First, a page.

Friday, 17 December 2021
Then they knew that it was he who sat begging alms at the Beautiful Gate of the temple; and they were filled with wonder and amazement at what had happened to him. Acts 3:10
Note: You can listen to today’s commentary courtesy of our friends at “Bible in Ten” podcast. (Click Here to listen).
You can also read this commentary, with music, courtesy of our friends at “Discern the Bible” on YouTube. (Click Here to listen), or at Rumble (Click Here to listen).
When the people saw the man joyously walking and praising God, Luke says, “Then they knew that it was he who sat begging alms.” The word translated as “knew” signifies to recognize. Jesus used the word when saying, “you will know them by their fruits.” One sees, he recognizes, and an understanding is realized. So it is with this man.
But the verb is in the imperfect tense – “they “were knowing,” or “they were recognizing.” The use of the imperfect brings life to what is said. It wasn’t as if everyone knew, but that one realized it and then another and then another. Thus, the bewildering nature of the event becomes evident.
At times, it is hard to place someone that we see, “I am sure I know that guy.” But because of the context of where he is regularly seen has changed, his identity is just out of grasp. Once the mind remembers the context, then the understanding is realized – “Oh! That is John who works at the grocery store!”
This is how it was for the people. They each saw the man, the identity seemed familiar, but the context was missing. But all of a sudden, one after another began to realize that he…. this man! was the beggar “at the Beautiful Gate of the temple.”
One can sense the knowledge suddenly being realized and the overwhelming sense of bewilderment flooding over the crowd. “How can this be?” Luke masterfully brings us into the narrative to feel the experience. One can sense what may have been said. “That guy has been sitting at the temple gate for years and years. His legs were twisted and emaciated. In fact, I just saw him there as I passed fifteen minutes ago… and now this? What does this mean?” As such, Luke records, “and they were filled with wonder and amazement.”
The word translated as “wonder” is unique to Luke’s writings, being seen now for the last of three times. It signifies astonishment that is allied with terror or awe. One could think of being stunned or dumbfounded. What is witnessed is just beyond the ability of the mind to grasp. The word translated as “amazement,” ekstasis, is obviously the root to our modern word “ecstasy.” Its direct meaning is “to completely remove.” As such, it means to confuse the mind so that it reaches out beyond ordinary perception. In this case, the minds of the people verge on a sense of overwhelming delight that something incomprehensible has taken place “at what had happened to him.”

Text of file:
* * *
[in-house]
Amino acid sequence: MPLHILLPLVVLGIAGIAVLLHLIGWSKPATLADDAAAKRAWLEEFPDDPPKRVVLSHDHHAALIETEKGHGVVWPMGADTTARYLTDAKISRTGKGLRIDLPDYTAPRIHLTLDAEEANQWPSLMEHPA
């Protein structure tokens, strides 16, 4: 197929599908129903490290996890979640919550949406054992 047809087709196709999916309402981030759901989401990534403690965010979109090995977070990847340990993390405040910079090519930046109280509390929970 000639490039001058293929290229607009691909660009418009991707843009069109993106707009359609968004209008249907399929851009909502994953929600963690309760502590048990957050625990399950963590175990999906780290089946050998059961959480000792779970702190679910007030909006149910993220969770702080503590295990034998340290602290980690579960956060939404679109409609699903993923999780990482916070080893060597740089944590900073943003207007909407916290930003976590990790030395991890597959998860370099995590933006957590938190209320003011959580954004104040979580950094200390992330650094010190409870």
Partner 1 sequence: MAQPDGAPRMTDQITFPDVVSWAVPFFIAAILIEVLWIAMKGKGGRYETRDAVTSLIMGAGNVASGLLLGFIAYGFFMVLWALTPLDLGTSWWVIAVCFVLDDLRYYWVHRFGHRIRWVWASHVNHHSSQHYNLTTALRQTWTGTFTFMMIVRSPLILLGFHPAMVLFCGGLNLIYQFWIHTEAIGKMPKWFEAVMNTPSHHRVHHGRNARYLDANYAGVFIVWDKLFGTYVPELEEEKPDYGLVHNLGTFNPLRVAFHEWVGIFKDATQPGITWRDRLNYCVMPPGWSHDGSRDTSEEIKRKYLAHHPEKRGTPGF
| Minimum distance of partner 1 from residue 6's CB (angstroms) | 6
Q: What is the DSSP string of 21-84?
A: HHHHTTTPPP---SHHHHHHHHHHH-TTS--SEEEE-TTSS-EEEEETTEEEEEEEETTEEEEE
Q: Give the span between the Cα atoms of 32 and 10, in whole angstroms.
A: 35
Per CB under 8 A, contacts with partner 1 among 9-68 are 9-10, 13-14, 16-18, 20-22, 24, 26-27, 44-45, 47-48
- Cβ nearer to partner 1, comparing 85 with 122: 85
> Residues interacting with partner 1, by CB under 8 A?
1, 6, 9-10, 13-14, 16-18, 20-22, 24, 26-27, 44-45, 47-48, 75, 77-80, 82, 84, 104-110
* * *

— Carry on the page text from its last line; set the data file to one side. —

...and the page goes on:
The miracle that occurred wasn’t something that was far off. It was something in their midst. And it wasn’t something that occurred to someone they didn’t know, as if it could be the word of a charlatan. Rather, it happened to someone almost every single person would have seen at one time or another. Nothing could be more striking to imagine. The effects of seeing the man could not have made a greater impact upon those who now stood beholding him.
Life application: There are many people with great afflictions of the body around us. We know of blind people, crippled people, and people with various chronic diseases or maladies. This is a part of the human condition. We will pray for those we know, and there are times where it is heard that a true miracle occurs, and they are healed. But for many, the malady continues throughout the person’s entire life, and then he or she dies.
If such people are believers in Christ, it will only make what is coming next for them even more wonderful. They spent a lifetime in pain, being incapacitated, being shunned, or whatever. But when they are called forth from the grave at the rapture, there will be an instantaneous change. The body they will possess will be incorruptible, and it will be perfectly suited for an eternity in the presence of God.
For those who were pretty healthy when they died (or are raptured), the change will be no less incredible. Our bodies, even when in pretty great shape, have times of sickness, overwhelming tiredness, sadness, and so on. Such things will be forever behind us when we are off to meet the Lord. Hold fast to this truth. The life we live now is temporary and it is passing away. Fix your eyes on what lies ahead and be ready for glory that you cannot even imagine when Christ comes for His people. The day will be like none other!
Lord God, we are hoping Jesus will be back soon to deliver us from this body of corruption into our eternal home. Amen.